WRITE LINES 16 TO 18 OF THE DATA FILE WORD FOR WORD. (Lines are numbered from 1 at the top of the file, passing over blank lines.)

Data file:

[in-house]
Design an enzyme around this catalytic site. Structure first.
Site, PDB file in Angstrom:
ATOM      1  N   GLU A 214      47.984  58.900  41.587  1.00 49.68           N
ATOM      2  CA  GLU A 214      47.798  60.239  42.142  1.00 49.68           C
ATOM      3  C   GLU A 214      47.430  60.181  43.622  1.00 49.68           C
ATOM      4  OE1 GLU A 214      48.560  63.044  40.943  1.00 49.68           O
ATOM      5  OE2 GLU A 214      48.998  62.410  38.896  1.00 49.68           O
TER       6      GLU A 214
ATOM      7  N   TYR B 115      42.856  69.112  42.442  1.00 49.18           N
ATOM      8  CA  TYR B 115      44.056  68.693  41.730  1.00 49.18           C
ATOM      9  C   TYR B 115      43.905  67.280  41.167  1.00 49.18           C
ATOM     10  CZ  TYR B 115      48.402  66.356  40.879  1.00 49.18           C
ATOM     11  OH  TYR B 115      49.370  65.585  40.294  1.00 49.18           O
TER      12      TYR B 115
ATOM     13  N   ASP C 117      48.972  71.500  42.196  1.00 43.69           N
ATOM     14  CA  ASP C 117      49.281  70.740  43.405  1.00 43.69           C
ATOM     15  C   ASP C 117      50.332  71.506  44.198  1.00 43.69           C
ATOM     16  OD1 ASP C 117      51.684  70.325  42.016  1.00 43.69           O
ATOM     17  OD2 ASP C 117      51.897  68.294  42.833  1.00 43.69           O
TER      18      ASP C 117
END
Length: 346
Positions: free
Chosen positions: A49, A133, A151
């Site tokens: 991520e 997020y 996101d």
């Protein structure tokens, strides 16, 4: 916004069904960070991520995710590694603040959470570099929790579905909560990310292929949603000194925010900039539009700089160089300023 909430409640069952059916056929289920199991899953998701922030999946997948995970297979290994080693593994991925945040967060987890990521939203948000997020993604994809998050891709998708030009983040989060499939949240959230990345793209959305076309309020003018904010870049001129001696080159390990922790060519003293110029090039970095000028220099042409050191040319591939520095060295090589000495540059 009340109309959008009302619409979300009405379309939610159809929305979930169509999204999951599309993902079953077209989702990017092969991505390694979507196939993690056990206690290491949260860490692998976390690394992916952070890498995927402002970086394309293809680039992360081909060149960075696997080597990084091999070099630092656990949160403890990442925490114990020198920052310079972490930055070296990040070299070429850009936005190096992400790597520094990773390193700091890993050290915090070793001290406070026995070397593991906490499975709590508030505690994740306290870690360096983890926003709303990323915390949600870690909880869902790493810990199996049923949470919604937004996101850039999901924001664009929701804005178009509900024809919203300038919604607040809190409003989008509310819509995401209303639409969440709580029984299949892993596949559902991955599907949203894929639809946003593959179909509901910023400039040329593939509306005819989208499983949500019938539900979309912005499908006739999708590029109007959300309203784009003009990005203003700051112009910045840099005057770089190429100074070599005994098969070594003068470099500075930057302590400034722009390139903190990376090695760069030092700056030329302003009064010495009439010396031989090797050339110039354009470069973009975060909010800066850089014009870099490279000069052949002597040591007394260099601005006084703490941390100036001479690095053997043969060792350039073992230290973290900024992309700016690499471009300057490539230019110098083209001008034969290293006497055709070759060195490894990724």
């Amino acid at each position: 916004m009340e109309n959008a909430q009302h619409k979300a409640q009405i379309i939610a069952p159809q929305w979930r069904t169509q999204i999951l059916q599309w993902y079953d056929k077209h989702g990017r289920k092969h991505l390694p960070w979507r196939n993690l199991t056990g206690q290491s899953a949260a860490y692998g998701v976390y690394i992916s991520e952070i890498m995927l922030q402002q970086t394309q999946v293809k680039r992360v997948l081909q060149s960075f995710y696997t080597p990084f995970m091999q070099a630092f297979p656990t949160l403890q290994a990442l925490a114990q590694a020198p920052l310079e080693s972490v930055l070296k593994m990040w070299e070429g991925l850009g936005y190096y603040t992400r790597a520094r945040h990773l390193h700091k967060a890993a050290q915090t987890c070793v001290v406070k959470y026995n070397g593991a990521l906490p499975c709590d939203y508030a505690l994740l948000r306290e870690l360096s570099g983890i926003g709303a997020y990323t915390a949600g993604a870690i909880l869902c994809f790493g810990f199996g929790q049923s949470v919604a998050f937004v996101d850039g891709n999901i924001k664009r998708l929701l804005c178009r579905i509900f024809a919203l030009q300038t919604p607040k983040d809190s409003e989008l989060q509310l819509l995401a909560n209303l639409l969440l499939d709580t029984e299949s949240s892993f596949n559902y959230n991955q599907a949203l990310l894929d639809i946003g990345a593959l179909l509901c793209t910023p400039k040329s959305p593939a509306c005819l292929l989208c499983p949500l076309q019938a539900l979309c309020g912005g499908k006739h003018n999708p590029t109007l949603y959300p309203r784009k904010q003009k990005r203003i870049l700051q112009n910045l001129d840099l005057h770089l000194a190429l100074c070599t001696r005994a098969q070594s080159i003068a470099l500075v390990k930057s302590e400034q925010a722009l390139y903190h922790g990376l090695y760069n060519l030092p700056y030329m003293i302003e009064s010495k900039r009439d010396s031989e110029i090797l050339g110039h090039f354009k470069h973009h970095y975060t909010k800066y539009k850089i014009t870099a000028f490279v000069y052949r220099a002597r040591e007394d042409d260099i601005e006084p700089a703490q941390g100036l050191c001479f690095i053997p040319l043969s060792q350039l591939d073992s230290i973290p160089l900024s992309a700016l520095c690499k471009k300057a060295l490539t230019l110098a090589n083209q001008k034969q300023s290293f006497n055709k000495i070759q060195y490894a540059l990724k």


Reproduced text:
ATOM     13  N   ASP C 117      48.972  71.500  42.196  1.00 43.69           N
ATOM     14  CA  ASP C 117      49.281  70.740  43.405  1.00 43.69           C
ATOM     15  C   ASP C 117      50.332  71.506  44.198  1.00 43.69           C